I'm so spoiled.  And grateful today. 

Thursday, September 28, 2017

Shredded Jeans

Growing up, my brothers and I wore jeans a lot.  We wore them until they were "high waters" or until the waist was so tight you couldn't sit down in them anymore.  Then you passed them on down to the next kid (who was obviously delighted to get another batch of hand-me-downs, of course!).  That didn't actually happen very often, because we always wore out the knees first.  I don't know why we think of denim as being so tough when the knees rip through so fast!  I say that as a mother of boys.  I do remember my mother getting Tough Skins jeans at J.C. Penney - or was it Sears? - because they had a double layer of fabric at the knees.  To her, it was worth it.

When my first little boys were getting bigger, Shop Ko had a return program that if the kids wore out any clothing before they outgrew it, the store would replace the item.  I would drive several cities away to get Shop Ko jeans for my little dudes, even though they were noticeably thinner than the other brands.  I went back to get those holey jeans replaced over and over and over... until I got sick of it and quit shopping there.  Boys are HARD on jean-knees!

When our knees blew out, the jeans were candidates for cut-offs.  Mom would cut the jeans off at the knee-hole.  Hopefully the holes in both knees lined up.  If we were lucky, she would hem the cut ends, or we would just roll them up.  Those were our summer shorts.  But we did not wear them with holes in the knees.  Not at all.

As I'm getting to be an old-lady-person, I'm surprised at the jeans on the racks at the store that are pre-thrashed.  First the jeans were pre-washed, then pre-worn-in, and now you can pay good money to have them pre-worn-completely-out?  I have a hard time with the idea.

David had a pair of jeans with holes in the knees.  They were hand-me-downs from Chris or Ben, so they came by the knee-holes honestly.  Usually I take such jeans and add them to my enormous pile of old pants that I fully intend to make denim quilts out of.  One day.  Don't ask how large that pile is (it currently lives in multiple big boxes), or when "one day" is.  But David liked the jeans and kept wearing them.  He even took a razor blade to them and ever-so-carefully WHILE wearing the pants scraped a few new holes in the legs.  This does not compute.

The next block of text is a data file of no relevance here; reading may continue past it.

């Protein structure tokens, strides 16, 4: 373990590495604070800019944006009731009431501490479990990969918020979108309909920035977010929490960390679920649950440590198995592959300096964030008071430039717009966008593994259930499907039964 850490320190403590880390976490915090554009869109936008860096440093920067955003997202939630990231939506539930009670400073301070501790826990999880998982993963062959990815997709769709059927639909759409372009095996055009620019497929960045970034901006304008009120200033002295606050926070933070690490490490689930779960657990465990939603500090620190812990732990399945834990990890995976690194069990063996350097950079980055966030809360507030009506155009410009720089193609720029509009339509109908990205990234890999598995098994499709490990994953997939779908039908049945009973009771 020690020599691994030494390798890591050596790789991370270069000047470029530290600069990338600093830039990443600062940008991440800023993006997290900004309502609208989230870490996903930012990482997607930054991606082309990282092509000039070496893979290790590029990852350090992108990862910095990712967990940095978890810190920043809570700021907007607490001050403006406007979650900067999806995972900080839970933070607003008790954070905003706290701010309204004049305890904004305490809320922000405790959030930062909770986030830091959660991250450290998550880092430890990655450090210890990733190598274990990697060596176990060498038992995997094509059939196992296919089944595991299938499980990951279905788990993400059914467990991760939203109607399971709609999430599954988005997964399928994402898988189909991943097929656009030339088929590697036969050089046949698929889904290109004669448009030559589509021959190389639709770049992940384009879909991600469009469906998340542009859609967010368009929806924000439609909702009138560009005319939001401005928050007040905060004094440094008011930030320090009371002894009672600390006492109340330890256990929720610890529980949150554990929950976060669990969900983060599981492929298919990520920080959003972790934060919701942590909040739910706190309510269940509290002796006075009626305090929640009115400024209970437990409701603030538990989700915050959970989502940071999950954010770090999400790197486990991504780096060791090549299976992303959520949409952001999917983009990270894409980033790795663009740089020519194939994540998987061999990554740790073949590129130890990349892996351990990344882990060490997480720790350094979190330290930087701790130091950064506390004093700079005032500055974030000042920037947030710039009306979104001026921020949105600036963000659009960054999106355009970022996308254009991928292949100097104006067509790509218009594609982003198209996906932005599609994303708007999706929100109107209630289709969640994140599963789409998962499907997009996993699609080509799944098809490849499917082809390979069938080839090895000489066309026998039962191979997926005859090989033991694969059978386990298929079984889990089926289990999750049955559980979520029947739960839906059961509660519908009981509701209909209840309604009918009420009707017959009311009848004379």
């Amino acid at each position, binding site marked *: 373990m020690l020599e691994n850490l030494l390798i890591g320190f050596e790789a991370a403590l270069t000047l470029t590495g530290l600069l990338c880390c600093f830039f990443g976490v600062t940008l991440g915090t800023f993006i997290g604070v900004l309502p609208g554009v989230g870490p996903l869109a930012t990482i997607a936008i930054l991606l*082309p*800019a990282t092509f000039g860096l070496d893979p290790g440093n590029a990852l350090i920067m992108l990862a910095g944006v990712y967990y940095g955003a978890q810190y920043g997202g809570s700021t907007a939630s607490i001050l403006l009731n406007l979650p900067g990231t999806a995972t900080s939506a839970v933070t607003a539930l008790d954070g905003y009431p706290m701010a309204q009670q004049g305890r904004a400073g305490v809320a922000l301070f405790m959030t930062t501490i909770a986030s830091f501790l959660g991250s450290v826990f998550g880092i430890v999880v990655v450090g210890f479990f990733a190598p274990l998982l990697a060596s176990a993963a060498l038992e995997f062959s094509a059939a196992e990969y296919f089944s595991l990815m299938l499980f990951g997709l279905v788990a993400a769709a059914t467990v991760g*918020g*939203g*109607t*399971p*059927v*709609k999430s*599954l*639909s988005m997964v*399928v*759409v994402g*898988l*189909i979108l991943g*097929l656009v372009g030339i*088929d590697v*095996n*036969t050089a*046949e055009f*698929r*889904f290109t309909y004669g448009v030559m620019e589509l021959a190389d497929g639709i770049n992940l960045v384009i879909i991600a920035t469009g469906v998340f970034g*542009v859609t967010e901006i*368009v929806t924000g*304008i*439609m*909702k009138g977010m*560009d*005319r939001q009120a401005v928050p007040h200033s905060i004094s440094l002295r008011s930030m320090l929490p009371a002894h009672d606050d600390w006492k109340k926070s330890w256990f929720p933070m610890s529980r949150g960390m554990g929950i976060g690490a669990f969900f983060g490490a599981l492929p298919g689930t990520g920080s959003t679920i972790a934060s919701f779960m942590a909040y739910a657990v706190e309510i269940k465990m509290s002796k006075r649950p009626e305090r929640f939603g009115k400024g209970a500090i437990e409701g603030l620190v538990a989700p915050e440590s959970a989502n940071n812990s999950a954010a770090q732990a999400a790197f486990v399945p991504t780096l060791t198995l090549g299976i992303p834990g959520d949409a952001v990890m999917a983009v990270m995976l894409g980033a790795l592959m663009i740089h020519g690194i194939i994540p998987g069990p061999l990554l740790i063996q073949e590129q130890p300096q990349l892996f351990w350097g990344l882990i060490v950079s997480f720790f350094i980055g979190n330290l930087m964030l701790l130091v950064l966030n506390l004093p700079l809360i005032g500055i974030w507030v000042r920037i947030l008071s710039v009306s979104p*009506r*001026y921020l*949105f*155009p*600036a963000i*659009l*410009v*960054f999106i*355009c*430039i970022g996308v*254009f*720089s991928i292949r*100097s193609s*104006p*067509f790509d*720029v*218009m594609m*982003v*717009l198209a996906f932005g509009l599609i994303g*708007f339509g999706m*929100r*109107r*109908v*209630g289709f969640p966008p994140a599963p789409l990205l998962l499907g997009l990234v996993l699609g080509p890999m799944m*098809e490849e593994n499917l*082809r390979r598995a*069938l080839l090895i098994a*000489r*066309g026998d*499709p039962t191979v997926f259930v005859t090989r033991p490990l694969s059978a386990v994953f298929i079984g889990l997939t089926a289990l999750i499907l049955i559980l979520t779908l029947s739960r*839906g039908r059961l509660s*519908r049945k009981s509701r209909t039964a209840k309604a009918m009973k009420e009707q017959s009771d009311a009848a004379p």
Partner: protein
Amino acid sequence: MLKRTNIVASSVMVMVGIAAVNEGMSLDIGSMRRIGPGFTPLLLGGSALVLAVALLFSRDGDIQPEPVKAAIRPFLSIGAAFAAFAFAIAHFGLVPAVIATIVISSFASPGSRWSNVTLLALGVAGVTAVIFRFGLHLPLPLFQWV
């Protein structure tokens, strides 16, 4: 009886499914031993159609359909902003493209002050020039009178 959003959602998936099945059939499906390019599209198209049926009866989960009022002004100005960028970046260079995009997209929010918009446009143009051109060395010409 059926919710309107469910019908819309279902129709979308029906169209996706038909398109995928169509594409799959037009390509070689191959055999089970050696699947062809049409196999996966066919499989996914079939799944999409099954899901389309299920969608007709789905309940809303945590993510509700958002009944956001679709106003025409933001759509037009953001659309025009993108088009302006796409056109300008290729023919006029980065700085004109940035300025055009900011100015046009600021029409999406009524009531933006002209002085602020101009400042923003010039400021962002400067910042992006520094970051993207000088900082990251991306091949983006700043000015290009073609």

The holes got larger after every washing, and I think after every wearing and every time someone looked at the jeans.  Thankfully, there came a day recently when there was more hole than jean and they were declared legally dead.  Even more fortunately, there wasn't enough fabric left to worry about imaginary denim quilts.

Farewell, holey jeans!  Let's go to the store and get you a pair of new pants.  I'll pick them out.

Saturday, September 23, 2017

The Zero Problem

I have a zero problem.  No, not zero problems - although that might be nice to try!  It happens when I am thinking about large numbers that have lots of zeros.  I know how much a house is worth, but I'm just as apt to say, "thirty thousand dollars" instead of "three hundred thousand."  That last zero makes a huge difference!  Some people are quite confused when I talk about numbers.  My husband has learned about this little quirk of mine, and doesn't bat an eye when I rattle off a number that is off by a magnitude of ten.  He calmly corrects the number and we laugh about my zero problem.

The other day, Trent was given cash as a payment.  He brought home the large bills and showed them to the kids.  Little Georgie's eyes got big as he looked at the money.  "Hey Mom!" he excitedly piped up, "Can I have 6 of those?"

Um, what?  That's an awful lot of money!  When I asked him to tell me more about why he needed money, he explained, "I need sixty cents right now."  Sixty cents... six hundred dollars... I guess I've passed on my zero problem and then some.  Yikes!